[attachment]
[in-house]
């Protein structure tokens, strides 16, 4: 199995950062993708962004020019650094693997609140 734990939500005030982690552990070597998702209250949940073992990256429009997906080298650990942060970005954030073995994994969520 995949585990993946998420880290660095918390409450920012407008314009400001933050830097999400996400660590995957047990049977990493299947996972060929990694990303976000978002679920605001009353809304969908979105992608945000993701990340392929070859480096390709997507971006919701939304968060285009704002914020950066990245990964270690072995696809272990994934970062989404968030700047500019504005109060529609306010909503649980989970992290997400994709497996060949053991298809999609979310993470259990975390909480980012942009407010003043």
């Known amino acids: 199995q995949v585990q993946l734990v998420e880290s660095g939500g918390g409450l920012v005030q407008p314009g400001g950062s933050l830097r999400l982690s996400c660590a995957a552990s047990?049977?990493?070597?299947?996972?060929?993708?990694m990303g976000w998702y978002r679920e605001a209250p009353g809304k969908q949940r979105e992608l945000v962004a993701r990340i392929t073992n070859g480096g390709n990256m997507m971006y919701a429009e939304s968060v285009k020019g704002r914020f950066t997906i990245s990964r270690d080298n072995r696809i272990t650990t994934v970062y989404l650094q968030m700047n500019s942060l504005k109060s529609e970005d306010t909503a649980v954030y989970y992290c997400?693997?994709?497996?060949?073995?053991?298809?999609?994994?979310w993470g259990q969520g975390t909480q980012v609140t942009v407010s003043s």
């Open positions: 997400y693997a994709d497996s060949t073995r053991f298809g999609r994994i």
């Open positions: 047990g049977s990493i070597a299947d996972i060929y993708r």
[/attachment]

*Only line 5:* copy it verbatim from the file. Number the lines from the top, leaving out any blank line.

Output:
């Open positions: 047990g049977s990493i070597a299947d996972i060929y993708r």